Foxes are guarding the hen house in Obama’s America. Three days ago, on March 25, 2015, an Illinois National Guardsman and his cousin were arrested for planning a mass terror attack on a military facility in Joliet, Illinois. The Chicago Tribune reports, March 27, 2015, that federal authorities say Hasan and Jonas Edmonds had been aspiring terrorists for months when they arrived at the Joliet Armory on Tuesday to scout out a brazen attack.
Hasan Edmonds, 22, a specialist with the Illinois National Guard who had trained at the Joliet Armory since 2011, talked with his cousin, 29-year-old Jonas Edmonds, and an accomplice about where the soldiers might be stationed inside, which rooms to avoid and the firepower that would be required, according to prosecutors. Hasan then went into the low brick building to pick up a military training schedule for Jonas, who was going to carry out the attack later wearing his cousin’s uniform and carrying AK-47s and grenades.
If all had gone according to plan, the body count could reach 150.
What the cousins didn’t know was that the accomplice was an undercover FBI informant. In fact, federal agents had been tracking them since late last year when Hasan exchanged Facebook messages with an agent posing as a militant about his desire to travel to the Middle East to join the Muslim jihadists Islamic State or ISIS.
The plot unraveled Wednesday evening as FBI agents arrested Hasan Edmonds , at Midway Airport as he prepared to board a flight to Detroit and on to Cairo to join terrorist fighters overseas. Two hours later, Jonas Edmonds was arrested at his home in an Aurora subdivision. Both are charged with conspiring to provide material support and resources to a foreign terrorist organization, which carries up to 15 years in prison on conviction.
Meanwhile, news of the charges shocked neighbors and left some acquaintances scratching their heads. Felisha Allen, a onetime stepmother to Hasan Edwards, told the Tribune she was stunned to hear the allegations against the man whom she had raised. Describing the man who was plotting mass murder as “a good person” who was drawn to the unity of the Islamic faith, Allen said, “Something like this is hard to grasp. Is it a dream? I don’t even know what to believe.”
The cousins attended West Aurora High School, according to district spokesman Tony Martinez. Hasan Edmonds graduated in 2011. while Jonas Edmonds left school as a senior in 2004. That same year, Jonas Edmonds and two others were charged in suburban Atlanta in the armed robbery of a McDonald’s restaurant, court records show. He pleaded guilty in 2005, was sentenced to 15 years in prison and released in June 2010.
Court records show Hasan Edmonds’ father, Lieukennye Edmonds, 46, is serving a prison sentence for failing to register as a sex offender stemming from a 1990s conviction for the attempted sexual assault of an Aurora woman.
Lt. Col. Brad Leighton, a spokesman for the Illinois National Guard, said Hasan joined the guard in August 2011 and was a supply specialist — responsible for ordering uniforms and other equipment — with the Joliet-based 634th Brigade Support Battalion. He last drilled with the guard for a weekend this month.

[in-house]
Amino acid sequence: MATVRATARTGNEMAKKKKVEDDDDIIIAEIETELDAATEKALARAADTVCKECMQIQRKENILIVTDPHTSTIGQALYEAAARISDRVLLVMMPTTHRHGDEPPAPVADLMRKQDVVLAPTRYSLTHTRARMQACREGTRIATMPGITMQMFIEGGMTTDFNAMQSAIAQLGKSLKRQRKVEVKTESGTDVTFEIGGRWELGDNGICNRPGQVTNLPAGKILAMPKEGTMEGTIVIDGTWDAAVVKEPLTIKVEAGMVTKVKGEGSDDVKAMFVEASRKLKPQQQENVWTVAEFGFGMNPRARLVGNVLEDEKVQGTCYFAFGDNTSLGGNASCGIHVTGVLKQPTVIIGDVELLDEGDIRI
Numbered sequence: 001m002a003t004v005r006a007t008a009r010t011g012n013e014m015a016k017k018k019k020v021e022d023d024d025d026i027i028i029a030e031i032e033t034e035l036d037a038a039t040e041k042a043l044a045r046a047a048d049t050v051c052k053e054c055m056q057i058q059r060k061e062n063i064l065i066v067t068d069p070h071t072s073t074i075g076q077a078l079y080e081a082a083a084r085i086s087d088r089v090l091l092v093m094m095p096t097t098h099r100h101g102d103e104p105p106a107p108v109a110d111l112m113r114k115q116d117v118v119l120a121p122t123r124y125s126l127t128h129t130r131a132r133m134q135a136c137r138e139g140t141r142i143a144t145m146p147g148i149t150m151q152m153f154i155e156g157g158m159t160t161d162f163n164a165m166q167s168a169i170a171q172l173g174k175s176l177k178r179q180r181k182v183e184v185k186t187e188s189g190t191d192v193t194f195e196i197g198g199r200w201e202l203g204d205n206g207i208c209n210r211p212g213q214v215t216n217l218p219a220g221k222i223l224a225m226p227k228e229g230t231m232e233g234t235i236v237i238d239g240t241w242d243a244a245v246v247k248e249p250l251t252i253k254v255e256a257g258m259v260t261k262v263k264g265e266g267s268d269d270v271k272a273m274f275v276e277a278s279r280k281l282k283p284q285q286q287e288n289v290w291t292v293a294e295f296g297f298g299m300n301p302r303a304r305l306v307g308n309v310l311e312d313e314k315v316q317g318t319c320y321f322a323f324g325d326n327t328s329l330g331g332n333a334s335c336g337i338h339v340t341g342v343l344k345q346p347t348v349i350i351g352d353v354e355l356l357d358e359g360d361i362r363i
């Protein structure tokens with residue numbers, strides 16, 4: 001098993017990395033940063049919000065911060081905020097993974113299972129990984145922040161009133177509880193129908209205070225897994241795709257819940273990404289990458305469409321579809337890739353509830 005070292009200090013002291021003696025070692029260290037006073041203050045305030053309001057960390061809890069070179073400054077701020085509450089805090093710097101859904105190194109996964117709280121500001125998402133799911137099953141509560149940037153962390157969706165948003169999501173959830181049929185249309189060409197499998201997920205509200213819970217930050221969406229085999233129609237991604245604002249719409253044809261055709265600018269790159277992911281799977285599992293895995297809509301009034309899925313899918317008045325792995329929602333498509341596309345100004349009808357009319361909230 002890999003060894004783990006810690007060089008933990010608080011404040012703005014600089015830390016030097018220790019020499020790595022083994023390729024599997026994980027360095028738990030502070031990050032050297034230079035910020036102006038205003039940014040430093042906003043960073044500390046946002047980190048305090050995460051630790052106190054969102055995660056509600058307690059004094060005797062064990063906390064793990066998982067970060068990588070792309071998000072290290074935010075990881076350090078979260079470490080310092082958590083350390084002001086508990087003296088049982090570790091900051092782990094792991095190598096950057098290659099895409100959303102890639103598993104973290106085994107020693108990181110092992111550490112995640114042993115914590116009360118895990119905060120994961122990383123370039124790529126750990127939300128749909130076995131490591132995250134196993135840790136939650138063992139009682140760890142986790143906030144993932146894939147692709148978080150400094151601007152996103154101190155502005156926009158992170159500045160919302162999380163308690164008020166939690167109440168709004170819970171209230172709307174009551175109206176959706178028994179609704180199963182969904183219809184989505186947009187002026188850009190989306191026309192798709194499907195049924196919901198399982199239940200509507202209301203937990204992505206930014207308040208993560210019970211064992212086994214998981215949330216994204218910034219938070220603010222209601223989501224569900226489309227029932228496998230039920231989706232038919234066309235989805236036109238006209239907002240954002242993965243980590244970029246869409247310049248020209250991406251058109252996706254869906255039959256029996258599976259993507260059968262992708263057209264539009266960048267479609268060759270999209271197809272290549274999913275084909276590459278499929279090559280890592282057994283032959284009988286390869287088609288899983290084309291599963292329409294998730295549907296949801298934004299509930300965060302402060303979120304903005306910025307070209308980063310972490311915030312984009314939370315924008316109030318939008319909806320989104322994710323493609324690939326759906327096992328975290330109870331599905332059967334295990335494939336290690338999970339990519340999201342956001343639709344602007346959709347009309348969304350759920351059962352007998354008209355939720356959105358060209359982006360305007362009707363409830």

Leighton said federal authorities recently informed the guard that Hasan was under investigation, leading them to take “discrete but concrete steps” to ensure he didn’t have access to equipment or computers and to give Hasan different duties.
According to the 33-page criminal complaint, the FBI began investigating Hasan Edmonds late last year when agents discovered that he and Jonas Edmonds allegedly had devised a plan for Hasan to travel overseas and use his military training to fight for Islamic State. In several online exchanges, Hasan Edmonds said that if he was unable to get to Syria he would stay in the U.S. and “fight and die here in the name of Allah.” In a message Jan. 30, he told the undercover agent that the best way to beat the U.S. and its Army was to “break their will” and that “With the U.S., no matter how many you kill they will keep coming unless the soldiers and the American public no longer have the will to fight. If we can break their spirits we will win.”
On Feb. 2, Hasan Edmonds contacted the undercover agent again and said his cousin was willing to carry out the attack on U.S. soil. “Honestly we would love to do something like the brother in Paris did,” Hasan Edmonds allegedly wrote in a reference to the January terrorist attacks on Charlie Hebdo magazine’s headquarters in France in which 16 people were slain.
Last month, Jonas Edmonds began communicating online with another undercover operative who was posing as someone who could help the cousins in their quest to join Islamic State. The cousins met with that purported accomplice Monday to discuss the planned attack on the Joliet military facility. Jonas told the operative that after his cousin left for the Middle East, he planned to purchase weapons, including AK-47 assault rifles and grenades, and then attack the base. The charges brought against the Edmondses are the latest in a string of terrorism-related cases stemming from Chicago’s suburbs, including:
- In 2013, federal authorities charged Abdella Ahmad Tounisi, 18, with providing material support to terrorists after he allegedly pledged on a fake recruitment website — secretly operated by the FBI — to join terrorists in Syria. He was arrested at O’Hare International Airport as he was about to board a flight to Turkey. Tounisi, who was 18 at the time, has pleaded not guilty and is awaiting trial.
- Last year, Mohammed Hamzah Khan, 19, was charged with plotting to join Islamic State after he was arrested at O’Hare, where authorities alleged he and his two younger siblings were about to board a flight to Istanbul. Khan has pleaded not guilty, and his siblings, who are minors, were not charged.